Ann Elizabeth Mayer points out something very significant in her article A “Benign” Apartheid” How Gender Apartheid Has Been Rationalized [pdf].
As the foregoing comparisons between the international human rights documents on racial and gender discrimination have illustrated, the former is far more harshly condemned than the latter. Among other things, there is nothing in CEDAW expressly admonishing that gender discrimination is impossible to justify regardless of motive.
No, I’m sure. That’s because so many people think it is possible to justify. But wouldn’t it be nice if that could change? If we could finally drop all the bullshit about women being “complementary” and having their own “role” and about “family values”?
Although the parallels between racial and gender apartheid are significant, the international community has impliedly accepted various rationalizations for what amounts to gender apartheid–rationalizations like the need to respect natural differences and religious and cultural traditions–that would not be given serious consideration if racial apartheid were at issue.
That state of affairs itself seems almost “natural”…but not all that long ago people did accept various rationalizations for racial apartheid, along with accepting apartheid itself – by which I don’t mean just the South African variety, but also all the de facto segregation in places other than South Africa.
That the Apartheid Convention warns us in Article III that racial apartheid can never be justified and is criminal regardless of motive has already been mentioned. Since critical outsiders felt confident that the power relations inherent in South African-style apartheid were unjust and deserving of the strongest condemnation, any defense of the associated culture/religion became likewise untenable. As discussed by Courtney W. Howland, the International Court of Justice (ICJ) decision against South Africa in the 1970 Namibia case showed no interest whatsoever in exploring the reasons for South Africa’s apartheid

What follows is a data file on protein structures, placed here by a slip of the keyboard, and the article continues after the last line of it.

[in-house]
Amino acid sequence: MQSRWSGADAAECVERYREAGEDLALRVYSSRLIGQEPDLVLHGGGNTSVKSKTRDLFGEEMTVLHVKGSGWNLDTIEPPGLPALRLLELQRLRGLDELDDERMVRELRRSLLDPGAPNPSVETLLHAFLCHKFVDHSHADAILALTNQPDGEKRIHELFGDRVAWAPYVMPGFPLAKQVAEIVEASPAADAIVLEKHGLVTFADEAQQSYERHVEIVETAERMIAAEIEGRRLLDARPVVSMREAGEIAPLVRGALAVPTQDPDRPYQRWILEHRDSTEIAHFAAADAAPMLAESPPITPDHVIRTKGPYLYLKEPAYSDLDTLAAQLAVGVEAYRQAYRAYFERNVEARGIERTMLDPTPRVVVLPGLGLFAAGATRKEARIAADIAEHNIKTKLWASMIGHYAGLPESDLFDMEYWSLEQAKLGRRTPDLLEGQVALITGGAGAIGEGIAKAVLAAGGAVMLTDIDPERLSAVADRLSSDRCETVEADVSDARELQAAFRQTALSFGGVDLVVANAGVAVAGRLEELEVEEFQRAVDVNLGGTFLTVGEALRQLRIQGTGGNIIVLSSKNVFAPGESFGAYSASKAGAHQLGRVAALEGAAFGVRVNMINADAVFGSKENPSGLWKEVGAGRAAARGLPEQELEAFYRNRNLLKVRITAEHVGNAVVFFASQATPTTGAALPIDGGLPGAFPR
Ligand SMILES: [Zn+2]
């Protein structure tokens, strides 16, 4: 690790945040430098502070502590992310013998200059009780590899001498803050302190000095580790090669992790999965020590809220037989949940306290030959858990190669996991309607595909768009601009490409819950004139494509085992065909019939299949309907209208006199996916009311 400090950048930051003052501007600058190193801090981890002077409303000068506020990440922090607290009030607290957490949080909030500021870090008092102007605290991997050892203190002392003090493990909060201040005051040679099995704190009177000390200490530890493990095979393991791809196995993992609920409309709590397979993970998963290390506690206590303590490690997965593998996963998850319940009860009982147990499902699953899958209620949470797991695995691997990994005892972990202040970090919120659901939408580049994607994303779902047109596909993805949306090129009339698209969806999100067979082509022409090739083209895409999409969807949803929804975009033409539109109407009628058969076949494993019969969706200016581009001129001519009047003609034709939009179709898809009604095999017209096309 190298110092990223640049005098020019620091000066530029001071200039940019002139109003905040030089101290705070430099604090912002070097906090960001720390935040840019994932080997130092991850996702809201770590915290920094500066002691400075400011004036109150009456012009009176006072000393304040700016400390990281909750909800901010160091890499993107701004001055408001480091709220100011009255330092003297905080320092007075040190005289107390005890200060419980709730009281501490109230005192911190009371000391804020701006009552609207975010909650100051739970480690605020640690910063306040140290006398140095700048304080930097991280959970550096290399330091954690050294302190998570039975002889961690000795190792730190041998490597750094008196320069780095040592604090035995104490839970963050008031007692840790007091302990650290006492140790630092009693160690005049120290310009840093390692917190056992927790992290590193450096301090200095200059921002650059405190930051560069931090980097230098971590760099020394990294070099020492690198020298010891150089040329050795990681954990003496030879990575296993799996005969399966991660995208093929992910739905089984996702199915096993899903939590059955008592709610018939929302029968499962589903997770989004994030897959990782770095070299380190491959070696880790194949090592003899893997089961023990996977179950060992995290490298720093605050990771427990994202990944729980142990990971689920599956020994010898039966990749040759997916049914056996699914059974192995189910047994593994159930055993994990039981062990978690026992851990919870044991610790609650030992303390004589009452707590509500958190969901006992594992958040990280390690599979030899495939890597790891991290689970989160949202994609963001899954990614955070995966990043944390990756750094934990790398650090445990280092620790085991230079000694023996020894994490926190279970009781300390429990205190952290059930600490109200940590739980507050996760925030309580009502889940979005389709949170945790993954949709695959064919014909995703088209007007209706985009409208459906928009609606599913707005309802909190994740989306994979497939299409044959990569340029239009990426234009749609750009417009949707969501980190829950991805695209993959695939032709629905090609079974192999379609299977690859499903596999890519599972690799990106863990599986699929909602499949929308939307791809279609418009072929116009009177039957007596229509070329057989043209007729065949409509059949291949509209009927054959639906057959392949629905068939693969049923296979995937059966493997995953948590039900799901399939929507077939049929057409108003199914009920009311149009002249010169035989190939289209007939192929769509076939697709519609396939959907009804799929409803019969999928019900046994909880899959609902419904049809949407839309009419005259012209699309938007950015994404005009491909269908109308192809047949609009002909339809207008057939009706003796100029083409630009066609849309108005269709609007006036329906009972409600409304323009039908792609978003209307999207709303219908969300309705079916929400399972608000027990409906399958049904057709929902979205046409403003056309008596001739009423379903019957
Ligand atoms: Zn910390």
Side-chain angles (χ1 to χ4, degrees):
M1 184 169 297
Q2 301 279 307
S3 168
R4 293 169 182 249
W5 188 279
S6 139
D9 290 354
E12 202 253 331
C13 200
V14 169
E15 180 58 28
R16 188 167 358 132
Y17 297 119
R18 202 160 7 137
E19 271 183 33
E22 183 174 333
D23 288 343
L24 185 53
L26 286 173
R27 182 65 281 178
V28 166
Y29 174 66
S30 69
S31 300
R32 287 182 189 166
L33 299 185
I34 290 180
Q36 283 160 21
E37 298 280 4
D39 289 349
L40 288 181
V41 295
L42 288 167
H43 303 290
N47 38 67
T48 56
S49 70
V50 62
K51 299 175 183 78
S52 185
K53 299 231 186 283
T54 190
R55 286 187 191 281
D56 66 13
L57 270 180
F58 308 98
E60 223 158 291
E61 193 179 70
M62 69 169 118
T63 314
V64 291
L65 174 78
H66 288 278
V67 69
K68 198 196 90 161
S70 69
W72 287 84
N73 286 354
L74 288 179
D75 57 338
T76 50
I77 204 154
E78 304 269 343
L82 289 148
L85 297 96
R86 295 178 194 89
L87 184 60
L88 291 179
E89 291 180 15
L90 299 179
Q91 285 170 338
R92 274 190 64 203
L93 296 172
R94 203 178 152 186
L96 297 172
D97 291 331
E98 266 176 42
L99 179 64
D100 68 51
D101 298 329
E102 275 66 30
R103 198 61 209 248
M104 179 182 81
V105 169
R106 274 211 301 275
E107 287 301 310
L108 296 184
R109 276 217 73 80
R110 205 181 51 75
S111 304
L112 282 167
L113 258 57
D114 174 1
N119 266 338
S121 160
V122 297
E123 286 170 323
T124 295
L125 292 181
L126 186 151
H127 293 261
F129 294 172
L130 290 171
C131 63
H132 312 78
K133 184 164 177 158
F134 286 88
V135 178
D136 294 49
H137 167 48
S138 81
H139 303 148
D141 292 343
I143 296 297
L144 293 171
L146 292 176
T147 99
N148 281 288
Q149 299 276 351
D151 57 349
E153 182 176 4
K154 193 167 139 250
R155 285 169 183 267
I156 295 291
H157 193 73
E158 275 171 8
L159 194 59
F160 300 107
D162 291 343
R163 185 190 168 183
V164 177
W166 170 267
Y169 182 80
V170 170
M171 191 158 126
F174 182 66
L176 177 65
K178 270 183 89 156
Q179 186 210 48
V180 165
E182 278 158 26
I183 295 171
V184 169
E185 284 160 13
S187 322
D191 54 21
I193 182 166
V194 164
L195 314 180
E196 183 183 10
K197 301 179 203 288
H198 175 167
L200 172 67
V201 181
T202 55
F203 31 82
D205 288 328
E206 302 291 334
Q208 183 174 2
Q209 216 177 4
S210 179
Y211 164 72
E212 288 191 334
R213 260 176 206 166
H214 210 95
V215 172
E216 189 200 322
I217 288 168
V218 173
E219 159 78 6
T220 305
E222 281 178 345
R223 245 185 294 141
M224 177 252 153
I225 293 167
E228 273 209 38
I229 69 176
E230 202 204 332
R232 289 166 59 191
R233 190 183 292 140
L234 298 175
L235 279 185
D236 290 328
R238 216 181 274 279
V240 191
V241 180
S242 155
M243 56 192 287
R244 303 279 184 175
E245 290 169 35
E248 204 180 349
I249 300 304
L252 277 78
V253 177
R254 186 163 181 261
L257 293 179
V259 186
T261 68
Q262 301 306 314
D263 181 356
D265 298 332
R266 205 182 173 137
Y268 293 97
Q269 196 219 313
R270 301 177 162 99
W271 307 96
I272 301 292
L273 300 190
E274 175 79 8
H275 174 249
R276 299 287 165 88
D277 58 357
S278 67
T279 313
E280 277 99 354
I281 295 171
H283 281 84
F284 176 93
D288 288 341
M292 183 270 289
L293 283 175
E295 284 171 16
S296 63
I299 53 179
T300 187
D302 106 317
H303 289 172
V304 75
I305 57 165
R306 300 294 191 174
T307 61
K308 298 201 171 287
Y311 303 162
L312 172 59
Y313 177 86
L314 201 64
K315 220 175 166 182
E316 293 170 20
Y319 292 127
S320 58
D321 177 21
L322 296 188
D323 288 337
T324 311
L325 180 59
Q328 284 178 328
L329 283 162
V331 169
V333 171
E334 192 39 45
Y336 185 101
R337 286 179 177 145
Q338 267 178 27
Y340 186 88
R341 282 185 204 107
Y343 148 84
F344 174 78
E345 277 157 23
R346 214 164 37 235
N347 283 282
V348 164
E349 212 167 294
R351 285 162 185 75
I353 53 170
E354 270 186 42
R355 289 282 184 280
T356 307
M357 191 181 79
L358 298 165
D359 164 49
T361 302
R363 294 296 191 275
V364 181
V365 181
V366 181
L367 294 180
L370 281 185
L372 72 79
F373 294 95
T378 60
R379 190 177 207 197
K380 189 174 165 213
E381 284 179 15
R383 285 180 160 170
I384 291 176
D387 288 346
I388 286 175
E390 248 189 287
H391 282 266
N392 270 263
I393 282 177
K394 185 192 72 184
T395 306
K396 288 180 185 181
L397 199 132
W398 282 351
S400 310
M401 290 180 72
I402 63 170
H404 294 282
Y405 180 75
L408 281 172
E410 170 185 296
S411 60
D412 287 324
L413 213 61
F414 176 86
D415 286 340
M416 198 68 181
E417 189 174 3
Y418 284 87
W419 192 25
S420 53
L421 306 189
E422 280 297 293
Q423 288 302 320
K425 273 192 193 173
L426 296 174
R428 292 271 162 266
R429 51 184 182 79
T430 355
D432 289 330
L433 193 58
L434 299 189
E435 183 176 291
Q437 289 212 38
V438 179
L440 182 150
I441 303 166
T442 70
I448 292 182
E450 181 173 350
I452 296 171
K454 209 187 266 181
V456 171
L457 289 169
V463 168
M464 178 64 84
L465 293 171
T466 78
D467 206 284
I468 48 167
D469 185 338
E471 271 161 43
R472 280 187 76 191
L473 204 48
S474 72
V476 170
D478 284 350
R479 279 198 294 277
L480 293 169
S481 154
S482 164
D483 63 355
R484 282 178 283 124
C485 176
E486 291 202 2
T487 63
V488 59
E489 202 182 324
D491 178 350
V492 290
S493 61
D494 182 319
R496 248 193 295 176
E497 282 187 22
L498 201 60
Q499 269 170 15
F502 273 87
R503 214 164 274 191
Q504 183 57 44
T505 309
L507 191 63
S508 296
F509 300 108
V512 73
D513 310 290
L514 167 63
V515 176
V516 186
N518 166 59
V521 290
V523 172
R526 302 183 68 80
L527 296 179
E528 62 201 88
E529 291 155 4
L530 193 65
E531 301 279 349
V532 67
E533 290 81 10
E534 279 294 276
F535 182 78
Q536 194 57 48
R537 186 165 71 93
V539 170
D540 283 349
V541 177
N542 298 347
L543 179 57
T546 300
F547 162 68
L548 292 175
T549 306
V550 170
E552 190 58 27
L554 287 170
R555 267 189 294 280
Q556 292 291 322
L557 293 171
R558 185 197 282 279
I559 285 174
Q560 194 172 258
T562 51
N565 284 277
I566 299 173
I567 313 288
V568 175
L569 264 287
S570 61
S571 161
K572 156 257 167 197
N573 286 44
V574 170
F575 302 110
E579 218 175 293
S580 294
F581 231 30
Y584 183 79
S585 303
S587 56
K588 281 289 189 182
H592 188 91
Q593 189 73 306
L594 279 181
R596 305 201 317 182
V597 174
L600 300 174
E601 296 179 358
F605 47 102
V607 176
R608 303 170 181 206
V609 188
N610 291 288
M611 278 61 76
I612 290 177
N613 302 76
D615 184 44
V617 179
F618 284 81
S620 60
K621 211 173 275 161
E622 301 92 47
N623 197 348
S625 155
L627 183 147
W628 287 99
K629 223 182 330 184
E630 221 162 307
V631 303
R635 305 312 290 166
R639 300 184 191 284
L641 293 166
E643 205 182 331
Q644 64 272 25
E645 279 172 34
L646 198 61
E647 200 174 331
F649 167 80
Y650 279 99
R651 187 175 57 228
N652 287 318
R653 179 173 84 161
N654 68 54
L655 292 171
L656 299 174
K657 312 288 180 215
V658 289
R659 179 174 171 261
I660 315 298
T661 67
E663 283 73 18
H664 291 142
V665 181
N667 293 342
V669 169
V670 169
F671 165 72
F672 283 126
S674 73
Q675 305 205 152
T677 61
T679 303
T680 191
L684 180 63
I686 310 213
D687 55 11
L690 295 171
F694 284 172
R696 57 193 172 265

policies; any such rationales were dismissed out of hand.80 As Howland reminds us, according to Afrikaaners’ religious beliefs there was a divine plan for the roles of Whites and Blacks that mandated Afrikaaners’ supremacy and their domination over Blacks.81 However, the ICJ ruled that the motives for apartheid were irrelevant, and it also deemed that evidence purporting to show the benefits of South African racial policies was immaterial.82
80 Howland, The Challenge of Religious Fundamentalism, at 347-48. 81 id.
That’s interesting, isn’t it? Afrikaaners’ religious beliefs were just dismissed as irrelevant when it came to apartheid. It can be done, so let’s everybody start doing it with gender apartheid too.
That is, attempts to justify racial apartheid by appeals to the motives behind it or its supposed beneficial impact were laughed out of court. Howland concludes that, by now, “[tlhere is no chance that the international community would accept that religious belief justifies systematic racial discrimination.”83 This conclusion seems incontestable. One need only imagine the reaction that would occur if someone tried to attack Nelson Mandela as an enemy of culture and religion on the grounds that his campaign against racial apartheid had been destructive of Afrikaaner traditions and disrespectful of Afrikaaners’ Christian faith in order to appreciate that the principle of racial equality easily trumps conflicting claims based on religion and culture.
In contrast, as will be discussed, room has been left for religion and culture to be successfully invoked to rationalize gender apartheid. A rare instance where the use of culture to justify treatment of women in violation of international human rights law is expressly prohibited is in the 1994 Declaration on the Elimination of Violence Against Women. Article 4 of the Declaration asserts:
States should condemn violence against women and should not invoke any custom, tradition or religious consideration to avoid their obligations with respect to its elimination. 84
One can surmise why UN delegates agreed that women’s rights could not be curbed by custom, tradition, or religion in circumstances where violence was being used against women.
83 Id. at 349. 1
84 G.A. Res. 48/104, supra note 24, Art. 4.
Because they didn’t want to say “our religion says we can use violence against women.” It would be awkward. But short of violence…it’s a different story.